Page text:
Nucor permit hearing: Virtually controversy-free


The red arrow in the photo above (from this page on the Puget Sound Clean Air Agency website) shows the spot where the Nucor steel plant (Delridge/Andover) wants to upgrade a crane so it can operate more hours. Because more hours mean more emissions, Nucor needs state and regional permits; tonight’s public hearing at the Alki Community Center provided the chance for supporters and opponents to have their say. One of the shortest public hearings we’ve ever attended:

Less than half an hour, and it was all over.

Would have been shorter, except that Agata McIntyre from the Clean Air Agency was asked to show a PowerPoint presentation she had apparently only intended to have handy for citizen review before the meeting. It explained the crane and the increased emissions. All the agencies involved had already recommended approval of the permit, so there was no controversy to be had there.

Nucor’s safety/environmental officer Bart Kale spoke briefly about the plan, saying the upgraded crane will facilitate the addition of a 4th shift at the plant, and, he said, “20 new jobs will be created,” potentially adding millions to the local/regional economy.

He also mentioned Nucor’s history of community service and donations, a history that was echoed by several community leaders who spoke in general support of the proposal.

Only one person expressed concern about the project, People for Puget Sound representative Heather Trim. She explained, “We’re not opposed to Nucor … Nucor appears to be a very good company,” but PPS is worried about the fact that the current permit process doesn’t look at the industrial community as a whole when evaluating whether it’s OK to add more emissions to the air. She noted that, basically, what goes up must and does come down — from the “airshed” to the watershed.

The public comment period for the Nucor crane expansion will continue till next Monday; you can find out a lot more information about the project, including a breakdown of the increased emissions as well as how to submit a comment, by going here.

7 Replies to "Nucor permit hearing: Virtually controversy-free"

  • tpn January 9, 2008 (10:46 pm)

    Props to PPS for showing!

  • Huindekmi January 10, 2008 (7:42 am)

    They should tear the place down and build condos! ;-)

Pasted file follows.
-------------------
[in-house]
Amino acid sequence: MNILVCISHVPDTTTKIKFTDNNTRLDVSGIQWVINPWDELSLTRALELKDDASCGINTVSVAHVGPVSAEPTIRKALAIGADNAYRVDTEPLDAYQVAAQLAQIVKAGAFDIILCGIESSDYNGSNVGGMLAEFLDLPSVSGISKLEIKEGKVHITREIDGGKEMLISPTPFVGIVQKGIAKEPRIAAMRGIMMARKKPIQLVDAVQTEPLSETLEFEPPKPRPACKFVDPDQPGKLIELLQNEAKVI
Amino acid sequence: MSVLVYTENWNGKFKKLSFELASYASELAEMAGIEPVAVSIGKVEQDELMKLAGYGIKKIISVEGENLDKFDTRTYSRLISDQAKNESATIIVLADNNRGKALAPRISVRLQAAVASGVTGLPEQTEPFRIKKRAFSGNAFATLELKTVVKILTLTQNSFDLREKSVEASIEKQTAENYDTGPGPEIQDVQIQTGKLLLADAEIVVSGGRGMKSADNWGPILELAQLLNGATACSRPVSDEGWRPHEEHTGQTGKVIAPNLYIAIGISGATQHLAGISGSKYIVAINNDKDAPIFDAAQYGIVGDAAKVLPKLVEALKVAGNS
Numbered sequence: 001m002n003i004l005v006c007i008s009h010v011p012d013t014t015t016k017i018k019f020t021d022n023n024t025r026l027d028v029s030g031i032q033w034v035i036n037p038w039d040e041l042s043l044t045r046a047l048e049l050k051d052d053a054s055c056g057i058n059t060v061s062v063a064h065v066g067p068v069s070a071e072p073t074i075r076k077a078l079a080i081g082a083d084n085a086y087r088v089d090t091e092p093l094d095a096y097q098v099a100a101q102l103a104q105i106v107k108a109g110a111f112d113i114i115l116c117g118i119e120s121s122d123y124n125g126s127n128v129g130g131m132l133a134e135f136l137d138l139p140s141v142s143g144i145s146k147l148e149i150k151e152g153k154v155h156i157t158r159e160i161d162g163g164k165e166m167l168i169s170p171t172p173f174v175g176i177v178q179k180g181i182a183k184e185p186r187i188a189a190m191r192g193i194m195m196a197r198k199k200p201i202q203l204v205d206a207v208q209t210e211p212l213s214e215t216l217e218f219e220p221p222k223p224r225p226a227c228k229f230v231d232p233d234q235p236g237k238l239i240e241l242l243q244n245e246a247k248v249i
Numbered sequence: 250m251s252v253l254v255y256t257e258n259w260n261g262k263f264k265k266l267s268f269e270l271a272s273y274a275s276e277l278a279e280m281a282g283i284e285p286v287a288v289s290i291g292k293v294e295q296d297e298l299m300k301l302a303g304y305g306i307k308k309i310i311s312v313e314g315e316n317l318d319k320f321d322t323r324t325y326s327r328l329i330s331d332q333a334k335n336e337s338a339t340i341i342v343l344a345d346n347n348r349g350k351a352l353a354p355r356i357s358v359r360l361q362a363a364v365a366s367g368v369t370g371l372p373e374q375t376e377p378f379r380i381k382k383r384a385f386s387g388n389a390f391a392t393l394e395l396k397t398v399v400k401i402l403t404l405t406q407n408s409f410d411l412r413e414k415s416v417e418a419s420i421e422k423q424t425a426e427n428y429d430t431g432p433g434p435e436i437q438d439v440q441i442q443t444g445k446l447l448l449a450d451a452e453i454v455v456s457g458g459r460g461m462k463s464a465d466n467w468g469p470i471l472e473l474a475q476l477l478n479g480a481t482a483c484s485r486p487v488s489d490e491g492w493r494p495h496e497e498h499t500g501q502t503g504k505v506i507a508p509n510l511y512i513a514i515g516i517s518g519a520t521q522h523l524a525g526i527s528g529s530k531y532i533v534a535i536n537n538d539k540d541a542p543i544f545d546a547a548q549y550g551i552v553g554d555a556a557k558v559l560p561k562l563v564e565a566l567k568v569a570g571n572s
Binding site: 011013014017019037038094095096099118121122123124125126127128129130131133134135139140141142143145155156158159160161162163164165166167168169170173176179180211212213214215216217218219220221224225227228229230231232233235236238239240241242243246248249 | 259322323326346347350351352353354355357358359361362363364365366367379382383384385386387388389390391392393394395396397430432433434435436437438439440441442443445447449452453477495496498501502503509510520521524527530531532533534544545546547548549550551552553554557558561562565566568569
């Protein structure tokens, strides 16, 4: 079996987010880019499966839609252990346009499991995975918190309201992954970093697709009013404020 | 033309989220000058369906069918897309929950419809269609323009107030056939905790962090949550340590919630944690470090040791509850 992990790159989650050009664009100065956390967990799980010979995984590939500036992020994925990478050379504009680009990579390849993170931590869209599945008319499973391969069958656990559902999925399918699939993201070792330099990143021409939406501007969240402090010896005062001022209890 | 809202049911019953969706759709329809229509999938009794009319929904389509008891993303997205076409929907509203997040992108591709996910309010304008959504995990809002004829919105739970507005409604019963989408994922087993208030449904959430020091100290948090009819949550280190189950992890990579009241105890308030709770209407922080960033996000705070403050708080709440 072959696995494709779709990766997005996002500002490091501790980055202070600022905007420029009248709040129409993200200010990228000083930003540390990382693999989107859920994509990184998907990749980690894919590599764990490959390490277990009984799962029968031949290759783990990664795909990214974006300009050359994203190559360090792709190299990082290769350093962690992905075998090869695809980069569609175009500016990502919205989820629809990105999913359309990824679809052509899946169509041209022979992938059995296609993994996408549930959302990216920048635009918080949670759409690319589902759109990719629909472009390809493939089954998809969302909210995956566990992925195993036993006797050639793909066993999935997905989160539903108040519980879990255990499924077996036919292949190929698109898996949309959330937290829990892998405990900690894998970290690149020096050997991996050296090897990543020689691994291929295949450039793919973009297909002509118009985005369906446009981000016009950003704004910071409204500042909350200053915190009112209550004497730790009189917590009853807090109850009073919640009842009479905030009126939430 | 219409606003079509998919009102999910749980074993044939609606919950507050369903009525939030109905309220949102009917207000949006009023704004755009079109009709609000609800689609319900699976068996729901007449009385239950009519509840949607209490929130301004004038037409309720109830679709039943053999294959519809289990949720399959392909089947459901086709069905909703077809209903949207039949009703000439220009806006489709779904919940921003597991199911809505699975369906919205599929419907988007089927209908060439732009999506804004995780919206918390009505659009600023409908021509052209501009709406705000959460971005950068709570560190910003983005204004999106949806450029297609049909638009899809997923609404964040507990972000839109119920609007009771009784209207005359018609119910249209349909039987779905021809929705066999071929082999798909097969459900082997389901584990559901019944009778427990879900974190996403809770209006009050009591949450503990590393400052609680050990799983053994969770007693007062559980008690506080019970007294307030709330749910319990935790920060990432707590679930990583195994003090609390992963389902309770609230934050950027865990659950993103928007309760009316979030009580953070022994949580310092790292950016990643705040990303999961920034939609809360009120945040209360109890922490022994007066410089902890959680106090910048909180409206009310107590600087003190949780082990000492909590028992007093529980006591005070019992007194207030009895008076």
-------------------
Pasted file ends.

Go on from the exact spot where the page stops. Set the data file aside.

• Really??? January 10, 2008 (11:23 am)

    And if your tore the place down….who would manufacture the rebar needed to construct the condos?? No one likes the manufacturing process, but everyone loves the end product.

  • gwen c. January 10, 2008 (2:31 pm)

    Also, who the heck would recycle all that steel scrap?

    I work, walk, and bike right near Nucor. I don’t like that there’s belching emissions, but the emissions would have the same effect eventually in Tacoma as they would here, as the PPS rep so correctly pointed out. It might be inconvenient to have a scrapper in the area, but this is traditionally very industrial, and I see the masses of metal that could be wasted and instead become rebar.

    They’re good people, and there’s enough industry that pollutes with no point in South and West Seattle anyways; Nucor’s still probably having a net positive impact. It might be worth making them install scrubbers or the like or noise conditions on a 4th shift, but realistically all that steel staying the heck out of Washington’s landfills is a good, good thing.

  • Pete January 10, 2008 (5:12 pm)

    Folks, lets face it, Nucor is one damnfine neighbor for West Seattle. Thye are the most heavily regulated steel mill in the US. They have spent millions of dollars to be a good neighbor. If you have a ocmplaint all you have to do is call them and they try very hard to adress it. Whne they are going to do something new they always call our neighborhood council and ask for our input.

    One thing that I think Nucor does a poor job of is blowing their own horn. When you go to a chairty event look and see if Nucor is not a sponsor. They gave in a huge way to the capital campaign for the new West Seattle Food Bank and the renovation to the old Cooper School (now the Youngstwon Cultrual Arts Center). Their employees are responsible for the largest donations to the West Seattle Food Bank every December.

    We should also consider the fact that they have been operating in that location for well over 100 years and provide quite a few jobs to the West Seattle community.

    I for one am happy that Nucor is one of our neighbors.

  • Denny January 10, 2008 (8:47 pm)

    I’m wiht Pete

  • Cliff Glickman January 18, 2008 (7:57 am)

    I work with Nucor’s marketing communications company. We keep a short list of neighbors of Nucor facilities around the country. Then, when Nucor enters a new town by either buying or building a facility, we offer this list to local people, so they can contact people in other towns to find out what Nucor is like as a neighbor. Would any of you like to be included on this list? If so, please e-mail me at

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